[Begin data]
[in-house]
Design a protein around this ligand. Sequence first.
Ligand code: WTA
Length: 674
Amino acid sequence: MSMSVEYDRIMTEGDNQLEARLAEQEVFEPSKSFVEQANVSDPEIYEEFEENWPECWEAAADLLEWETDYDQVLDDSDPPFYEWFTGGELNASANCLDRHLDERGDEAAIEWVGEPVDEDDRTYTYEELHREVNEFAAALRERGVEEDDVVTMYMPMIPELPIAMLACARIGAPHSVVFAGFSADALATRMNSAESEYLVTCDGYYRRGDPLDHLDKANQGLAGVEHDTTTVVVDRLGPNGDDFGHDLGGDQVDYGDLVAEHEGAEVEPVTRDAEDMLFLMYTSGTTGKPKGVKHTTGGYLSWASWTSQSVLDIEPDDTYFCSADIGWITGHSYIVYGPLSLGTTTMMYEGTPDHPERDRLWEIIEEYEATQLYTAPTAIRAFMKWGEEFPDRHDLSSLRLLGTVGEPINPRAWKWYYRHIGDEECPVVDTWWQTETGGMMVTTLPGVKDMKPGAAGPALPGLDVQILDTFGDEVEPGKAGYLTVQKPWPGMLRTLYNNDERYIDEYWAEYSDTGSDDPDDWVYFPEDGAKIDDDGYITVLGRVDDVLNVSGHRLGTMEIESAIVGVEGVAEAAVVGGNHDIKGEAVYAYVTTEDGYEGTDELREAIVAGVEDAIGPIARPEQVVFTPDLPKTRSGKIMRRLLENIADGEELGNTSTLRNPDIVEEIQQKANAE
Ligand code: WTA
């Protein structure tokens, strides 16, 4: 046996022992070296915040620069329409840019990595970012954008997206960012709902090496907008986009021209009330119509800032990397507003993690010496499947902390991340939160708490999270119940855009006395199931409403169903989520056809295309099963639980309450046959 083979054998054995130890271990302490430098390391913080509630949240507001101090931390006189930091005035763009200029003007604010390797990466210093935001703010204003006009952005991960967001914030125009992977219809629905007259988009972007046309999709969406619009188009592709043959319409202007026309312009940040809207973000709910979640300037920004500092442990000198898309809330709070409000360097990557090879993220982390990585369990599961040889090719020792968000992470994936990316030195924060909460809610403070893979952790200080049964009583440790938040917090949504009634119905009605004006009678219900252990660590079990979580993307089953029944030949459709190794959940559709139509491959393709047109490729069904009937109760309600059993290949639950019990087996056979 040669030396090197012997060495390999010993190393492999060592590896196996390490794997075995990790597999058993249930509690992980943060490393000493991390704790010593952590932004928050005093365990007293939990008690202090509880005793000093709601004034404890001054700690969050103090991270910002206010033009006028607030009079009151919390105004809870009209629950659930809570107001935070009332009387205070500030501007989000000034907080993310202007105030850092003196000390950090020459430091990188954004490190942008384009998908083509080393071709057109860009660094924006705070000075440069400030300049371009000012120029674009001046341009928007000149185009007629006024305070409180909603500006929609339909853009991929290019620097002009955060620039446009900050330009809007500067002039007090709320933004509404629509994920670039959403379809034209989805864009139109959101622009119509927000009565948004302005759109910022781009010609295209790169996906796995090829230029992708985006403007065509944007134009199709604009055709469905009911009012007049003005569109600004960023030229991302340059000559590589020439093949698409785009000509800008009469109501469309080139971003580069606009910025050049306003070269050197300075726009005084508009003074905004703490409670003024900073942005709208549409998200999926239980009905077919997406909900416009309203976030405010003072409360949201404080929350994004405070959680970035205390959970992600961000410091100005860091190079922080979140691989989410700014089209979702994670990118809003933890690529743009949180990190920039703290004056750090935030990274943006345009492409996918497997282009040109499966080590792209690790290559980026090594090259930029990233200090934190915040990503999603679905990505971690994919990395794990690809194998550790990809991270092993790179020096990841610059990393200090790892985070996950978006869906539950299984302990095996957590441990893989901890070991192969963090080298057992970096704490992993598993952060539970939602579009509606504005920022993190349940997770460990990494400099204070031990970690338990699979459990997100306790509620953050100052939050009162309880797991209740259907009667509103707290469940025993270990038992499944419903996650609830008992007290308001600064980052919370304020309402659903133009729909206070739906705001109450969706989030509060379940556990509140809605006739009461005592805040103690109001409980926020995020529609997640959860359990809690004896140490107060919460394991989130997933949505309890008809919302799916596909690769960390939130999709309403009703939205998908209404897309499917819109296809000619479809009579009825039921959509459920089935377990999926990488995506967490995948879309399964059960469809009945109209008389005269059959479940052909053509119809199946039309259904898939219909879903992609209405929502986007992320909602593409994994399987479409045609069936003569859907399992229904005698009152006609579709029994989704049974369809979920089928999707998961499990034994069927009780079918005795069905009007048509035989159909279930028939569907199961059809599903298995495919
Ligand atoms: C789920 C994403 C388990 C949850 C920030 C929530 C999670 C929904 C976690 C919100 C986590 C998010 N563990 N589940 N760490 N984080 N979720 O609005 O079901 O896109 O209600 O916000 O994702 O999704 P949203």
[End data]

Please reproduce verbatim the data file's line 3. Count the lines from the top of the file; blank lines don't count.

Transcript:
Ligand code: WTA